March 13, 2009 at 1:31 pm Leave a comment

Allotment update

I spent the weekend before last doing all the tidying up that, if I was a proper, sensible, grown-up gardener, I’d have done back in November. I finally put all the dead plants in the compost bin and sorted out the one bed in the garden. I’m intending to use that and a few pots and window boxes for salads and herbs and grow everything else at the allotment. Scientist Fiancé was spectacularly hungover all of Saturday and felt incapable of being anything other than horizontal, let alone driving to the allotment and lugging old grow-bags around. We went on Sunday, however, and cleared loads of grass and weeds. My onions and garlic have grown a bit and not been ravaged by weeds or squirrels or cats or anything. All good. We also found some unidentifiable plants

I also placed my seed order. I ordered most things from Tamar Organics this year, and potatoes from Wiggly Wigglers because I got some free seed potatoes from them last year and they were yummy. Some things have now arrived and others are in postal limbo. However, today I am going to plant those chillis and start chitting the potatoes.

I really must take some photos of my allotment some time.

March 12, 2009 at 10:25 am 2 comments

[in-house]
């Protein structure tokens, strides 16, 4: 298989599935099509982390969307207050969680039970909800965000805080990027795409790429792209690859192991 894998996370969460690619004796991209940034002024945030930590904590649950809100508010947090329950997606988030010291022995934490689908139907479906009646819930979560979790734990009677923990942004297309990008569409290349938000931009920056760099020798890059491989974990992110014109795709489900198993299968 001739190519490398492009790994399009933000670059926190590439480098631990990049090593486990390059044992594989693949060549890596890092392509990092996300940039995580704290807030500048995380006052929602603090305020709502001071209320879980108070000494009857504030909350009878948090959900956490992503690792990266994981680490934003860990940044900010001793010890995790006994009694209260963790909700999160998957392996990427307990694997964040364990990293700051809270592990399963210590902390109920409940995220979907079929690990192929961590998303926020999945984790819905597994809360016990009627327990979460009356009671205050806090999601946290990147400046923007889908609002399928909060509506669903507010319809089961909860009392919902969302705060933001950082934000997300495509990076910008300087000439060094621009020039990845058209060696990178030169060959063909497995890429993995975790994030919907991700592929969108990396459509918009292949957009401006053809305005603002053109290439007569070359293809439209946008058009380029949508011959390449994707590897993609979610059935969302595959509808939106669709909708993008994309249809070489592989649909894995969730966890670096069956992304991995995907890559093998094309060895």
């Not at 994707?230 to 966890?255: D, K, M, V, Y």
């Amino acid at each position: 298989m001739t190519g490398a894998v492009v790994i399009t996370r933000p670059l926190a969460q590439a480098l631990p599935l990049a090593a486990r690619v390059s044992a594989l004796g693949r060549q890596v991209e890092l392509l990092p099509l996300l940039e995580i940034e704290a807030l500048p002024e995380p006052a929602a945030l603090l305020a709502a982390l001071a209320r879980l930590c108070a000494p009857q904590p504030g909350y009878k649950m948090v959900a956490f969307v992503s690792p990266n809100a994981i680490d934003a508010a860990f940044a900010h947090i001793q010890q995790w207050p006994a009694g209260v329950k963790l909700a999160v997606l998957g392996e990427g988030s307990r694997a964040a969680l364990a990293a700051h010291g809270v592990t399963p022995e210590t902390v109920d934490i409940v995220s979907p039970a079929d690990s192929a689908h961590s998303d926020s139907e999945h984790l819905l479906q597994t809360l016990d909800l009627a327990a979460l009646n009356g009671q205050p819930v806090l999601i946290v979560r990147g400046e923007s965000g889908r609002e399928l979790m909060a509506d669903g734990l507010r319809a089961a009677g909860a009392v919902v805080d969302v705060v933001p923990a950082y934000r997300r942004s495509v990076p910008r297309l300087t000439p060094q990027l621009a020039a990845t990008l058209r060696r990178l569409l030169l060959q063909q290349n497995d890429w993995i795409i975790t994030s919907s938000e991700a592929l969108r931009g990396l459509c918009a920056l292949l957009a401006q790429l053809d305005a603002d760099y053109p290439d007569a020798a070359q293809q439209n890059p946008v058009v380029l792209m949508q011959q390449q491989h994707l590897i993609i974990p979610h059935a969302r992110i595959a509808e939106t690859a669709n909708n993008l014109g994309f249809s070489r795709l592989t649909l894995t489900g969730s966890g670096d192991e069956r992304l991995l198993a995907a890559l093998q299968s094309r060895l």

Most recent ramblings

March 2009
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The Heritage Crafts Network

Rob Hopkins, Transition Handbook

“Environmentalists have often been guilty of presenting people with a mental image of the world’s least desirable holiday destination – some seedy bed and breakfast near Torquay, with nylon sheets, cold tea and soggy toast – and expecting them to get excited about the prospect of NOT going there. The logic and the psychology are all wrong.”

Barbara Kingsolver, Animal, Vegetable, Miracle

"Food is that rare moral arena in which the ethical choice is generally the one more likely to make you groan with pleasure."

Carlo Petrini

"A gastronome who is not also an environmentalist is an idiot. An environmentalist who is not also a gastronome is, well, sad."

Sharon Astyk

"I am, of course, firmly opposed to consumerism and corporatism in all its forms, and I believe that we are deeply confused about material needs and wants. Now let me explain how books and yarn are totally different than the material things that other people want ;-)…."

Raj Patel, at Slow Food Nation

"Biofuels, which is the preposterous policy that we should grow food not to eat it but to set it on fire."